Neil Patel

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Anshu Prasad has already raised tens of millions of dollars for his tech startup that is working to transform the dynamics of the transportation industry. 

On the Dealmakers Podcast Prasad shared his approach to accelerate your learning and understanding of startups and business building, finding product market fit, and how he’s helping big companies solve big problems. Plus, building a remote first company. 

Listen to the full podcast episode and review the transcript here.

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    Learning & Challenging The Status Quo

    Anshu Prasad was born in India. Along with his two siblings and parents he migrated to the US at nine years old. 

    They landed in Queens, before moving to Flushing, NY. In many ways this phase of his life was an entrepreneurial journey of its own. Launching yourself into new territory, figuring out new languages, meeting new people, and solving things on the fly. Including surviving snow and freezing temperatures for the first time. 

    Partially inspired by his father, and drawn by his own interests, Prasad went on to study biochemistry at Cornell. 

    It was during this time that he saw some seniors jumping from their doctorate programs to get into biotech startups. While he kept up with the academics, Anshu says that he saw getting involved with startups as a great way to accelerate his learning. 

    One of the big takeaways he gleaned from his father as he grew up was taking ownership of problems. Beyond just intellectually figuring it out, that also meant making the solution work too.

    This is something which Anshu put into practice at the first startup he joined, Tigris. There he put in a good amount of time as he kept finding interesting problems to solve and ways to expand the company, with new offices and markets. He found the work meaningful and engaging, and the talented colleagues he worked with inspiring. Even if it sometimes meant mustering all of the tools and resources they could in order to execute and deliver results.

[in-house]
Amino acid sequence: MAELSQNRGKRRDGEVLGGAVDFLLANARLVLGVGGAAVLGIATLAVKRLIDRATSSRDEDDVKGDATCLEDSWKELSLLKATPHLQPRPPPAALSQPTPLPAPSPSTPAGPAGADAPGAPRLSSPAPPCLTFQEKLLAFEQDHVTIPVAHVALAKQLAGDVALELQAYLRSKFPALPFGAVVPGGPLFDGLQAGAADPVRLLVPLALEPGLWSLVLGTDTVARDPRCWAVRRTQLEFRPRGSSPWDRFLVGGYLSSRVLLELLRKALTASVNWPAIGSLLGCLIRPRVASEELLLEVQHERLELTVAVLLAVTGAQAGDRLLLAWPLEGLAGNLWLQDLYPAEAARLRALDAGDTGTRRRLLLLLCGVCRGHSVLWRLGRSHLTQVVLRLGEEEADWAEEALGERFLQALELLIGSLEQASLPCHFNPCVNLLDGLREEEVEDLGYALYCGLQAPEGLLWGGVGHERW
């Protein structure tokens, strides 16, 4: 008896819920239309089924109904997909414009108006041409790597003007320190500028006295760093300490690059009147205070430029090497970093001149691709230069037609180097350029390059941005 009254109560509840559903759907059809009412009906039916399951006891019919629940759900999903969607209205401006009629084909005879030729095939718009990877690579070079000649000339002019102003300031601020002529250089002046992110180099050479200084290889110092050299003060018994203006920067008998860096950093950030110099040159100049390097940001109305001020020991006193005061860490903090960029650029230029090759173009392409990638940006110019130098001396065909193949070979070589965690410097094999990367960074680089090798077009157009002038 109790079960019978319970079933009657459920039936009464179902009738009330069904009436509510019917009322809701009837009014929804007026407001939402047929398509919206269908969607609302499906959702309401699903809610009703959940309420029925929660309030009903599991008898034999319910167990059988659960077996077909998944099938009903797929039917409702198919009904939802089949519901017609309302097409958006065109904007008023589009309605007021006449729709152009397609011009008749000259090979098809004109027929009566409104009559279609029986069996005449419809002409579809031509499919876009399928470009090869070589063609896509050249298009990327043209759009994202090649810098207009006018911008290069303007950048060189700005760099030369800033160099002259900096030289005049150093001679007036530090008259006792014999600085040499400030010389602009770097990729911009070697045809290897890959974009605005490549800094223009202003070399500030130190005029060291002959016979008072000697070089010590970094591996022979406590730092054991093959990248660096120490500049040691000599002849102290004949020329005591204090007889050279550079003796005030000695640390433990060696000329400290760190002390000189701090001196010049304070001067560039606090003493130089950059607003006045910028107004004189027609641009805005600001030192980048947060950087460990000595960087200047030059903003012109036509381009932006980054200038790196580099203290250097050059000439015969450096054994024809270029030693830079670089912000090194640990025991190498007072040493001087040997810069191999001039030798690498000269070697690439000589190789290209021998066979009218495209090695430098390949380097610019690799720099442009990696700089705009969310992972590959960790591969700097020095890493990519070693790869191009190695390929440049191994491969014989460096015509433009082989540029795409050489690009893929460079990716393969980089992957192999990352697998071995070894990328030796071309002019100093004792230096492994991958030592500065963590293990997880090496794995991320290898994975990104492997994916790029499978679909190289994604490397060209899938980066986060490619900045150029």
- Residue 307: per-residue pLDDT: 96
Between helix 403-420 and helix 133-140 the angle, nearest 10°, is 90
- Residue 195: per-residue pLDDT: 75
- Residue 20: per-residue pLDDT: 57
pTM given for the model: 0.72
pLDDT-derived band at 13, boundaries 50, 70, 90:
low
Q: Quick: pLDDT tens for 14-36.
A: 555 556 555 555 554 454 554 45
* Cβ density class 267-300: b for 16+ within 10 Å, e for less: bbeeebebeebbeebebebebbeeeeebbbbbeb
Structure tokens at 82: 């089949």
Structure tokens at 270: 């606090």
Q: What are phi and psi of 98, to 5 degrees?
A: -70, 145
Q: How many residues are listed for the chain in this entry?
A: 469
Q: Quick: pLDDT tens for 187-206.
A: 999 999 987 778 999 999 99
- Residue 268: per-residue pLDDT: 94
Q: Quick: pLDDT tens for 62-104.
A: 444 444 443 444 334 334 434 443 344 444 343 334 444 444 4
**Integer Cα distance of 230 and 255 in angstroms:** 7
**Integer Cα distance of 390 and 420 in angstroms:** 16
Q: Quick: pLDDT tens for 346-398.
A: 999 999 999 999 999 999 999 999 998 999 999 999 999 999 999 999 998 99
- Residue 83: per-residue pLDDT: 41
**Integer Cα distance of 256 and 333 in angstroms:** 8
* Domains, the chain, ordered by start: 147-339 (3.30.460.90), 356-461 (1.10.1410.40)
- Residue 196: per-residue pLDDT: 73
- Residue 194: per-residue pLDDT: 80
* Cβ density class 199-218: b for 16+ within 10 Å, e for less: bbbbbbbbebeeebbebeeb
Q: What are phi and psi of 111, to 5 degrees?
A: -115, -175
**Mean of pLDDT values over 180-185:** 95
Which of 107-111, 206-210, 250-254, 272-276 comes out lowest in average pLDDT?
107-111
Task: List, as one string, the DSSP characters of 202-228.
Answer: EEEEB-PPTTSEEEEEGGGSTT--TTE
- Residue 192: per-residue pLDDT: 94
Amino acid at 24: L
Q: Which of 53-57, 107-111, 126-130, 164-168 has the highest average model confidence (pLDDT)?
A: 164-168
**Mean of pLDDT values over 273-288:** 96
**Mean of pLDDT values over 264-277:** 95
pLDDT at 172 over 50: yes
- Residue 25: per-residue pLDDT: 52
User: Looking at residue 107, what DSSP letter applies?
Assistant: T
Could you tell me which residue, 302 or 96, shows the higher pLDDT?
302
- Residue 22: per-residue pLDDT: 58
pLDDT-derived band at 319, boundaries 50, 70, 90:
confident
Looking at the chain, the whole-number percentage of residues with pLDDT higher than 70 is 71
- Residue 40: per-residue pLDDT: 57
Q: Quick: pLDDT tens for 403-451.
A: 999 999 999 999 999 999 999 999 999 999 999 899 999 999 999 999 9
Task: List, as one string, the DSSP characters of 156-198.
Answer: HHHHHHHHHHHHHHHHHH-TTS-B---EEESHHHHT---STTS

Part of this work was on the supply chain, logistics, and freight. Helping companies with this area which was often one of their largest expenditures, and one of the most impactful and pivotal over the long term. 

    On the other side he got to see how the brokers and trucking companies operated. Witnessing many of the same challenges from Europe to Asia, and Latin America. 

    After Tigris, Anshu spent some years in consulting work. Yet, kept on running into the same nagging issue. Which was centered around the inefficiencies in these logistics. The same things were being done again and again, in hopes of getting different results. Which of course never happened. 

    Anshu set his mind on rethinking these dynamics and practices.

    Set on learning as much as he could about it, and in building a successful company in general he went out to talk to everyone. Colleagues, past colleagues, those who had already been building venture backed companies, former clients and more.

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    Helping Big Companies Solve Big Problems

    Anshu’s learning and conversations led him to launch Leaf Logistics. A platform focused on the planning and execution of resilient transportation. 

    Leaf helps brokers, shippers, and carriers leverage network efficiencies to reduce waste and costs, and CO2 emissions.